Experimental results of PL-measuring a powder structure and a thin film structure made with an optimal factor of Eu 1 atom % divulge that the powder structure and the thin film structure indeed emit light. Excited wavelength of the powder structure is 30 nm longer than that of the thin film structure, which is due to formation of different crystal morphology and tendency of the thin film structure to have more bulk properties than the powder structure.

Do Hyung Parki also disclosed a luminescent TCP transparent conductive layer. The TCP layer emits light, which is similar to luminescent powder and TCO, a transparent conductive material, when electrically stimulated. A recent TFEL device comprises a luminescent powder and a TCP layer. Both the luminescent powder and the TCP layer emit light when being excited by electrons and thus intensity of total luminescence is raised. However, the means disclosed by Do Hyung Parki failed to raise the low conductivity of a thin film doped with only europium ion.

R. Kudrawiec, as published on Materials Science and Engineering B, 105, page 53-56, 2003, disclosed a europium ion doped indium oxide thin film made on a basal plate of Silicon, quartz and porous anodic alumina (PAA) using a dry-gel method. Thin films of R. Kudrawiec on different kinds of basal plates emit light at 615 nm when exited by beams at 275 nm. However the thin film provided by R. Kudrawiec exhibits a low transparency for ultraviolet as well as a low conductivity.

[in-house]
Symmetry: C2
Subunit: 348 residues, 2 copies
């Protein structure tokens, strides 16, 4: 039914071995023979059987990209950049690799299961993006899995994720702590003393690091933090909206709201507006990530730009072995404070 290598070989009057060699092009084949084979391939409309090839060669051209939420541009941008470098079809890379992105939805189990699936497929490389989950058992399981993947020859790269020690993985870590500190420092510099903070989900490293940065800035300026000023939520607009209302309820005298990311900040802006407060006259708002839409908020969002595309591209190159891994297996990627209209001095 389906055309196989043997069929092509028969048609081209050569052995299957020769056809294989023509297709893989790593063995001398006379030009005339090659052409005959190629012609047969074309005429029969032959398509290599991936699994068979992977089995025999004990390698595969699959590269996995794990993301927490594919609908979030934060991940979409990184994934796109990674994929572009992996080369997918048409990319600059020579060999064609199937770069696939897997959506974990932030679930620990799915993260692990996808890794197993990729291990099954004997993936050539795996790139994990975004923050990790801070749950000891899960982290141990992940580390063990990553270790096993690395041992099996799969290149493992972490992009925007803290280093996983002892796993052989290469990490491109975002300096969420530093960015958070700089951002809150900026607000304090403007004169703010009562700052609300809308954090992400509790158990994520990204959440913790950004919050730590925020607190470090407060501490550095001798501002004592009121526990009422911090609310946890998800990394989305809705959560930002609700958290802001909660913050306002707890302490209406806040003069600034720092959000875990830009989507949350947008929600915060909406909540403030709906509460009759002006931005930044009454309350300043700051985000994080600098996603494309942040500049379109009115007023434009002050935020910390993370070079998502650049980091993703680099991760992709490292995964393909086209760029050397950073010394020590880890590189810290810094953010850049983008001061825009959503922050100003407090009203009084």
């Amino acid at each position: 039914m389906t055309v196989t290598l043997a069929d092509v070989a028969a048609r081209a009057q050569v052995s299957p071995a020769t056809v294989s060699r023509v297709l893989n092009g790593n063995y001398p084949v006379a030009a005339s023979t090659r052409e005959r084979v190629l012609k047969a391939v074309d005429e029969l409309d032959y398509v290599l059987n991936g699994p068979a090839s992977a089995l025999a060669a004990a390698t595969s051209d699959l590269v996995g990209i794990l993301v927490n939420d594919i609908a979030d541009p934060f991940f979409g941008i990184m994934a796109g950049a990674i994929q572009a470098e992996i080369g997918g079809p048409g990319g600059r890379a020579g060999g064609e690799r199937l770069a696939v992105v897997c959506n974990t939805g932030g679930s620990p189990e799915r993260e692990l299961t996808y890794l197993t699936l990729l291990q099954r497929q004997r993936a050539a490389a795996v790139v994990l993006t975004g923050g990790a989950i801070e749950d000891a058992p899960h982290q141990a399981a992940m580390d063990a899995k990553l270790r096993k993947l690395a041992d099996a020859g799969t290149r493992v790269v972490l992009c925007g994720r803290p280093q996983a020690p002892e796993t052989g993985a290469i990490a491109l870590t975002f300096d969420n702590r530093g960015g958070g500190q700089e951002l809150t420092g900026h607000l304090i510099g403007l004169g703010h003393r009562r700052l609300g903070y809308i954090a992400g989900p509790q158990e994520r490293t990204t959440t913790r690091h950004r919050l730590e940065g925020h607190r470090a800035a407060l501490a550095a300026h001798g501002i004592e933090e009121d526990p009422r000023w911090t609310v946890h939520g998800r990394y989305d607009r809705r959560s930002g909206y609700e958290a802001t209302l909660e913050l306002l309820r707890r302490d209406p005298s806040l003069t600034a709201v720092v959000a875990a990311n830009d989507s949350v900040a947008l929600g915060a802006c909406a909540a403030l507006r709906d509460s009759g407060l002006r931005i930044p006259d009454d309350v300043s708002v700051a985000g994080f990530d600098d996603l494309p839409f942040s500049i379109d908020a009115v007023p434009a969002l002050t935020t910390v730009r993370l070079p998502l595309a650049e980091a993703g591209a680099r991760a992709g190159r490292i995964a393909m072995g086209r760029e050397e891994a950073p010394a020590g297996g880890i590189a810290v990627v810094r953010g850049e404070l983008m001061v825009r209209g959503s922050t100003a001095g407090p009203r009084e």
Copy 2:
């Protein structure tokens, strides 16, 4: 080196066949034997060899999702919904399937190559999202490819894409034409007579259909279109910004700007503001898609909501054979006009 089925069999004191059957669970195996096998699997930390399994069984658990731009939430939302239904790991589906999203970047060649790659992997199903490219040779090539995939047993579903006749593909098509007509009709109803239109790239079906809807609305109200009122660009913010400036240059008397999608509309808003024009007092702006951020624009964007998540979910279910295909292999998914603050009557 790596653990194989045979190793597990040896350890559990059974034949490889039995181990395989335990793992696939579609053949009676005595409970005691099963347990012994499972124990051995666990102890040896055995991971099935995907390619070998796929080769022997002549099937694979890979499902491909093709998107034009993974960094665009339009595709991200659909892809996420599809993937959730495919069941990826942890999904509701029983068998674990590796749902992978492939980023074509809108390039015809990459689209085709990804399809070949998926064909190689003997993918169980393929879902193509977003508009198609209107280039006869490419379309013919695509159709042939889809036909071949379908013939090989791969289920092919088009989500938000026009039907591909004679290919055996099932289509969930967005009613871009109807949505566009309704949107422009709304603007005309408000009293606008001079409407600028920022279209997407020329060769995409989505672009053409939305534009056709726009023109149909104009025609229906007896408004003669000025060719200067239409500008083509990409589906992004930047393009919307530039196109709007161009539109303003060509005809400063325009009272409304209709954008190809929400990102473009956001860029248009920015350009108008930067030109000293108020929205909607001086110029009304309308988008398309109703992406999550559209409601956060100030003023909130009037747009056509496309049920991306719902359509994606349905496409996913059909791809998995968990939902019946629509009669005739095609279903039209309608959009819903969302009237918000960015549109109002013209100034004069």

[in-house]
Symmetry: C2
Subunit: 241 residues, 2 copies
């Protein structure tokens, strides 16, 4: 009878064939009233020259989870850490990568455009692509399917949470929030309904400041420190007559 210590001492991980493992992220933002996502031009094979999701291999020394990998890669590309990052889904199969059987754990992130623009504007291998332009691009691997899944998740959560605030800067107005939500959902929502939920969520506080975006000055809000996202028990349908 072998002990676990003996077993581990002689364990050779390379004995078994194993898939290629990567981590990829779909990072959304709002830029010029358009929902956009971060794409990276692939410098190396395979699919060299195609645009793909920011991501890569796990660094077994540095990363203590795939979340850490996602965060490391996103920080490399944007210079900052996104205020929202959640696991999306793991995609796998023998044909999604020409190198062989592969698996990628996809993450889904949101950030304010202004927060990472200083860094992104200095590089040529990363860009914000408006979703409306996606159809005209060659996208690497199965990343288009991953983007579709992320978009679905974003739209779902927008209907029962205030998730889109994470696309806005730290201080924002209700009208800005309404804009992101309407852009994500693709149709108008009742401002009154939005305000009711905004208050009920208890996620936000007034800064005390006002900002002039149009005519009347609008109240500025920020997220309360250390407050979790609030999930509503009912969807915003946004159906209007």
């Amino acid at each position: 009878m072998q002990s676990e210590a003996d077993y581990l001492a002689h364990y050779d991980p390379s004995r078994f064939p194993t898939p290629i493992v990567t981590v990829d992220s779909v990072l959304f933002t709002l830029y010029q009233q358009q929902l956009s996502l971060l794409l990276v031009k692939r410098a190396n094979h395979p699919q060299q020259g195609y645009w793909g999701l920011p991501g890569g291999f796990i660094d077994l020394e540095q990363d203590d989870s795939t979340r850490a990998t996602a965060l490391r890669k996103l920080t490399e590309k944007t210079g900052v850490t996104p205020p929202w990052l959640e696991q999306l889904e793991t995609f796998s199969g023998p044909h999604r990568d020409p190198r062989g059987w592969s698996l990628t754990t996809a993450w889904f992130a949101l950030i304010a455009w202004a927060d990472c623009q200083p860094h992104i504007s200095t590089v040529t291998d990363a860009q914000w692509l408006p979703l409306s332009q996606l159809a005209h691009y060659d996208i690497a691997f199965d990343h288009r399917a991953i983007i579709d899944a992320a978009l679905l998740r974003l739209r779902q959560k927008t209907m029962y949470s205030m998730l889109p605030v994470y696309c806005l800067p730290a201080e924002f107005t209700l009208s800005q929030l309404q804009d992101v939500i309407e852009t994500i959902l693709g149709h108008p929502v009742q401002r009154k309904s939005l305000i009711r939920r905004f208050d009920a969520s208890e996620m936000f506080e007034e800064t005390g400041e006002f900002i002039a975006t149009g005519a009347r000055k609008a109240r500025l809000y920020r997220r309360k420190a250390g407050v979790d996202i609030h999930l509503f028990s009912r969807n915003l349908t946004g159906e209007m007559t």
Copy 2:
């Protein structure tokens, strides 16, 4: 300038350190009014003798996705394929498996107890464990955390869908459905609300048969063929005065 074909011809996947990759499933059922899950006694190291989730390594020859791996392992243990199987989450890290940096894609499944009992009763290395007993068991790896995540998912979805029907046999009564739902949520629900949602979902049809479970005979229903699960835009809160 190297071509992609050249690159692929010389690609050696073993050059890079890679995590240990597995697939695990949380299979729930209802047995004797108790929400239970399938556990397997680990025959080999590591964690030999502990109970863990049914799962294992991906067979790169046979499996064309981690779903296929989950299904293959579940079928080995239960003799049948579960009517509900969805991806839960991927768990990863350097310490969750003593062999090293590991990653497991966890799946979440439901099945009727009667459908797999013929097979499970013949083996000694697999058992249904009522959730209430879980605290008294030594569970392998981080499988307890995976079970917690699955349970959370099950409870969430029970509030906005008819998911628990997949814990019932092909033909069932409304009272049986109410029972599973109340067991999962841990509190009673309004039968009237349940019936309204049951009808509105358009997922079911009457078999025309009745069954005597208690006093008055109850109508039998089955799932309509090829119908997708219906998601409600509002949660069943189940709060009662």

To overcome the shortcomings, the present invention provides a tin-doped indium oxide thin film and a method for making same to mitigate or obviate the aforementioned problems.

SUMMARY OF THE INVENTION

The main objective of the invention is to provide a luminescent and conductive tin-doped indium oxide thin film. Another aspect of the present invention also relates to a method for making the tin-doped indium oxide thin film.

The tin-doped indium oxide thin film in accordance with the present invention has a tin-doped indium oxide, yttrium ions and europium ions, wherein the yttrium ions are proportional to 0.1-10 mol % of the tin-doped indium oxide while the europium ions proportional to 0.05-5 mol % of the tin-doped indium oxide.